Writers and aspirational authors don’t usually need much convincing on the value of reading books. Most of us choose writing as a form of expression because we fell in love with a good book, usually at a young age. But here’s the kicker. If you want to write children’s books and haven’t read one since your adult son was in kindergarten, put down Oprah’s book of the month and read more books in your genre.
Story is universal, but there are specifics to every genre of book that are expected from a well-read reader. There is also an evolution to every genre that makes it different today than it was twenty-five years ago.
What to read
If you are writing a romance novel, read the most recent bestselling romance novels in your sub-genre. If you are writing a self-actualization book, peruse the self-help section of your book store and grab at least five of the ones that have similar topics to what you are writing. If you are writing a very unique book about something that you experienced in your life, read the latest bestselling memoirs that most closely resemble your personal experience. Before you reply with a, “Yeah, but there’s nothing out there like my book.” There is. Maybe not exactly the same, but the category exists.
What to look for
You are not reading merely for entertainment. Sorry. You want to look for the voice and tone being used. How are the sentences structured, the chapters and the overall book? Look at the telling of the stories and notice the description of the place and time, the use of all five senses in the descriptions. Are there characters with dialogue? Are there graphs and bullet points and call-out boxes? How does the author get their point across? How does the author keep you engaged?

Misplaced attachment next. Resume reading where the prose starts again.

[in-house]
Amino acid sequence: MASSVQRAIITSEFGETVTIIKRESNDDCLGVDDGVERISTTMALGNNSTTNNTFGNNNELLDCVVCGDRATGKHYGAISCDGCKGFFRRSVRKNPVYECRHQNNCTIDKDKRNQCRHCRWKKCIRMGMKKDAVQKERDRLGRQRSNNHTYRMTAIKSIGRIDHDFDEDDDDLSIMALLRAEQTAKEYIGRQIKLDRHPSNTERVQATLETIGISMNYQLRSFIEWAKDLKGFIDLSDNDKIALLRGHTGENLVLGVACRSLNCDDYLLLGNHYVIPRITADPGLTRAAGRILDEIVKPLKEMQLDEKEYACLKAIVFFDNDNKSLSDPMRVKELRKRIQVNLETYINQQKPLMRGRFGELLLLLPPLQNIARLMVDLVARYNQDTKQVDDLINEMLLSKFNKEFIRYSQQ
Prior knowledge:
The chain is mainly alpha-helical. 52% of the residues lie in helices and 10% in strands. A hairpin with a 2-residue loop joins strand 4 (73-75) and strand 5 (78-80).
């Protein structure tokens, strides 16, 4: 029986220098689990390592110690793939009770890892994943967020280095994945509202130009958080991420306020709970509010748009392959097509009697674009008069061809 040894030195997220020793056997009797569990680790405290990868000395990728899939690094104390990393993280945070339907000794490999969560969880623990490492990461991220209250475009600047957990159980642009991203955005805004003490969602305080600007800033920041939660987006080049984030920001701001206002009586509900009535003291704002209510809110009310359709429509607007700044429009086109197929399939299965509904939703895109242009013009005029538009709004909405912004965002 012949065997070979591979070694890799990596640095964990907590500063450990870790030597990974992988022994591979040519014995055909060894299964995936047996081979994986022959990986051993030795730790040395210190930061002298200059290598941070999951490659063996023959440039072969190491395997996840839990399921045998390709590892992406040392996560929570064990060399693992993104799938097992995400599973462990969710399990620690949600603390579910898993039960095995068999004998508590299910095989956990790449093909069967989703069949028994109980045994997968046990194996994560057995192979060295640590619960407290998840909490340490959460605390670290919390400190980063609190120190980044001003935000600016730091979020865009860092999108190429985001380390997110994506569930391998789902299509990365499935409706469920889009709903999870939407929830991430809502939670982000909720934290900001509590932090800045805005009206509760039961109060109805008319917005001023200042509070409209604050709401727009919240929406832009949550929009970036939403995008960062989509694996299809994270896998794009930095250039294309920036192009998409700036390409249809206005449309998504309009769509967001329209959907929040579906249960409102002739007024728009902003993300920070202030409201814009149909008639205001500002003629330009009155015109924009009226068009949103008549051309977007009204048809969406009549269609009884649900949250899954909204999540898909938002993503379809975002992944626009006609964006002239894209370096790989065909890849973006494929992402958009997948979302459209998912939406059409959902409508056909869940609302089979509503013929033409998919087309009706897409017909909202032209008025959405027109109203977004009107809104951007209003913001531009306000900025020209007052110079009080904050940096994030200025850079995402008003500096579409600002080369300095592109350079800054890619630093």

Write it out
This is a ninja level advanced move. I heard somewhere that Cheryl Strayed once took bestselling books and wrote them out in longhand to teach herself how to write like the masters. I don’t know if this is true, but I can see how it would train your brain to write an amazing book.
Quell the self-doubt
This is usually where comparison comes in for me and I start to doubt that I’ll ever be good enough to compare myself to the likes of Mary Karr, Elisabeth Gilbert and Brené Brown. Shut that voice up now. You can easily pick up a ninety-nine-cent download on Amazon that can convince you that you are an amazing writer in comparison as well. Comparison is the thief of joy. Read the greats to teach you and to hold your inspiration to hone your craft and move forward.
If you are anything like me, any excuse to read more is a great excuse. Keep reading, keep writing and keep practicing and you will get there. Start with the genre you want to write in, choose the authors within that genre that inspire you then choose to ignore any thoughts of comparison. Before you know it, you will be writing (and publishing) in your genre – and other aspiring writers will be looking to your book for inspiration.
If you’re struggling to start your book, get started by downloading a free Outline eBook – it’s where your book begins.